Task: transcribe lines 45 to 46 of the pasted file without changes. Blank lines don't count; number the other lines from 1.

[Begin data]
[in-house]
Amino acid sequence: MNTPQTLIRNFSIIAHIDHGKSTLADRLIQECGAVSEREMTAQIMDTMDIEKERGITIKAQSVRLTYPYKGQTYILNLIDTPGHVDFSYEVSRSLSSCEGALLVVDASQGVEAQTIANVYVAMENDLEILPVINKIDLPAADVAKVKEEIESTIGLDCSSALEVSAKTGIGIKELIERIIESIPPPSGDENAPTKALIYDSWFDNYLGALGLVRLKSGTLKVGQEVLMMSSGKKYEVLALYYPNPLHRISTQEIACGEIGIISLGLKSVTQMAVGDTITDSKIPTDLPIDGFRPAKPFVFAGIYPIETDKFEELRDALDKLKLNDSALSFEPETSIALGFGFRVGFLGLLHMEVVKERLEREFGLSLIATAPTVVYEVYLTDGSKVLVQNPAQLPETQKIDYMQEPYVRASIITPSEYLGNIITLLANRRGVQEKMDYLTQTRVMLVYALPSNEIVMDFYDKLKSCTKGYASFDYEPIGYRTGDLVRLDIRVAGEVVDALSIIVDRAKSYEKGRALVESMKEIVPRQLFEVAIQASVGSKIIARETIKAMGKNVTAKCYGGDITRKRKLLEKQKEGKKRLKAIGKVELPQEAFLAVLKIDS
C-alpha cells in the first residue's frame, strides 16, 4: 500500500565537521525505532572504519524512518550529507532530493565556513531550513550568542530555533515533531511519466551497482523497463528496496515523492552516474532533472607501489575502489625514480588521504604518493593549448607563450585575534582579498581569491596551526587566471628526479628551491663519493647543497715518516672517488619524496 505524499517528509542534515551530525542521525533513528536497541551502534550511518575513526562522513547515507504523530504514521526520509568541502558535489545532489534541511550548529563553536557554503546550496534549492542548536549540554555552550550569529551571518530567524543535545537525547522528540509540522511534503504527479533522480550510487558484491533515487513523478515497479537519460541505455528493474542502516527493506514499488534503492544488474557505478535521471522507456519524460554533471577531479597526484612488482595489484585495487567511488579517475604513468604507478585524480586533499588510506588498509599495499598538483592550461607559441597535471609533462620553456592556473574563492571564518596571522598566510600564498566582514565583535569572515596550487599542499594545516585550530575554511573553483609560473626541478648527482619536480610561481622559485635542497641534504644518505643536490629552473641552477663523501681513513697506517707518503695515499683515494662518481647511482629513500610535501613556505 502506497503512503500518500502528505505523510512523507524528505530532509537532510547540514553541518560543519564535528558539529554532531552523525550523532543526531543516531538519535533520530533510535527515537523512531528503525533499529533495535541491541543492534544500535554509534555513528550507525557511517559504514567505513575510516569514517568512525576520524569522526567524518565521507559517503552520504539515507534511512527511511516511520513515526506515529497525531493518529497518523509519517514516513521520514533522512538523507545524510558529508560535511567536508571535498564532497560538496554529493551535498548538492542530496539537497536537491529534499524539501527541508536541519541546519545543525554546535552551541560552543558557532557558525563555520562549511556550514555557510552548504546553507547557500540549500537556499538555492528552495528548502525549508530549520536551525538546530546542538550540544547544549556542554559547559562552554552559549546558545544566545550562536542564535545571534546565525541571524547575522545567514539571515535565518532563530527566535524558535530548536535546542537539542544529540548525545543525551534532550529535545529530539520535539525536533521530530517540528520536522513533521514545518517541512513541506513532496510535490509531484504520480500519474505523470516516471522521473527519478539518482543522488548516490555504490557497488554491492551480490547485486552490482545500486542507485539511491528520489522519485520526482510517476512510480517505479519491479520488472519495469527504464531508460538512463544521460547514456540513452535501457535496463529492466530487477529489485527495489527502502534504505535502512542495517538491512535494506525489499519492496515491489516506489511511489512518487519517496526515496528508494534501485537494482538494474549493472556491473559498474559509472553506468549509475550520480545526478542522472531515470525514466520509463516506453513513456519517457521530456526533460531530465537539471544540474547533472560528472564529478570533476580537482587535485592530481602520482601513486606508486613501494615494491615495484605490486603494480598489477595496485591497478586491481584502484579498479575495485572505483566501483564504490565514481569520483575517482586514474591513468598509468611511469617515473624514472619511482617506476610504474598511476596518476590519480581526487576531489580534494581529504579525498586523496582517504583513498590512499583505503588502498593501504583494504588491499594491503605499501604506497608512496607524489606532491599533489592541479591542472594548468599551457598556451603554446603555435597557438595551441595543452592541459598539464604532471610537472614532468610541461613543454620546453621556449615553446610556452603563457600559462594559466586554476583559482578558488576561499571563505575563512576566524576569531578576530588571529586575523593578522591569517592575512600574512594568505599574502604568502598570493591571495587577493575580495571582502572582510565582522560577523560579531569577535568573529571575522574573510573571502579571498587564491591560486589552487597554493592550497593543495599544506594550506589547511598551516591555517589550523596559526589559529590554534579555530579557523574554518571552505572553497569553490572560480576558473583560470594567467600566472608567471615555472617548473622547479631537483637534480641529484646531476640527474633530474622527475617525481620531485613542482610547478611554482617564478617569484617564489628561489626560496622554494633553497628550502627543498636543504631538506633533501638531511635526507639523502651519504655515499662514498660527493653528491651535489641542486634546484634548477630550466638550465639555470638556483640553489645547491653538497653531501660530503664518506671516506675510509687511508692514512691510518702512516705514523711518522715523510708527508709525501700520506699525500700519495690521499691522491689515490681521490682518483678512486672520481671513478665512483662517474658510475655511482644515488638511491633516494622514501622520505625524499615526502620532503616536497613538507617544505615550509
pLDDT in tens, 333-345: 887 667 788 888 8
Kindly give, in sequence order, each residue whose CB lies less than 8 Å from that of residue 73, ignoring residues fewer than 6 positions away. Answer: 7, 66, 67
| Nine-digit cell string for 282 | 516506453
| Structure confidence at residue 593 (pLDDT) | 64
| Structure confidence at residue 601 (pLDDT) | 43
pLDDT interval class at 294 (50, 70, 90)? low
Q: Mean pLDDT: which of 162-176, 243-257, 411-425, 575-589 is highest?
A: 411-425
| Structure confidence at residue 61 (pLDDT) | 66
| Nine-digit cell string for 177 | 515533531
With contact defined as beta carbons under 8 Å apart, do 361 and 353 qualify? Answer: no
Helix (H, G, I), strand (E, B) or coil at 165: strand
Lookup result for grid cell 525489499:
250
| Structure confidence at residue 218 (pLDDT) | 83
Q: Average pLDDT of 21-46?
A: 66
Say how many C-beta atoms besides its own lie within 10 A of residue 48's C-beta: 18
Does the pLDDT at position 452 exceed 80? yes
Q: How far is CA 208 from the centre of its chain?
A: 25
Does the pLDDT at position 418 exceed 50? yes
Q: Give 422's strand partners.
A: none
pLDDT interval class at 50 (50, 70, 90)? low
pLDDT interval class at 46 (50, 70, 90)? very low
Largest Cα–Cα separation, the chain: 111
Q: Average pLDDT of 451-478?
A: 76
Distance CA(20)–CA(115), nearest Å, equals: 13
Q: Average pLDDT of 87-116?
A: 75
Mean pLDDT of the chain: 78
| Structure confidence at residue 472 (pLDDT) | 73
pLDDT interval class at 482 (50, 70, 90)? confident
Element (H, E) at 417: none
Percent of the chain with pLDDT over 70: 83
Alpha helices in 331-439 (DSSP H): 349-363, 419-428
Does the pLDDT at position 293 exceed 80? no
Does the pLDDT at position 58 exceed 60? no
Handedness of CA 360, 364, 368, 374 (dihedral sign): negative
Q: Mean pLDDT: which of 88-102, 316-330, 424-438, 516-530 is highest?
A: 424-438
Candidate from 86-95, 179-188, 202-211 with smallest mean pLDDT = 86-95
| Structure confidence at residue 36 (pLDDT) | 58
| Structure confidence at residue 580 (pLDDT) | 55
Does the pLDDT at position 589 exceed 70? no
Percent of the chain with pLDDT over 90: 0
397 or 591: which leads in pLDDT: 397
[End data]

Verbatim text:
Q: Mean pLDDT: which of 88-102, 316-330, 424-438, 516-530 is highest?
A: 424-438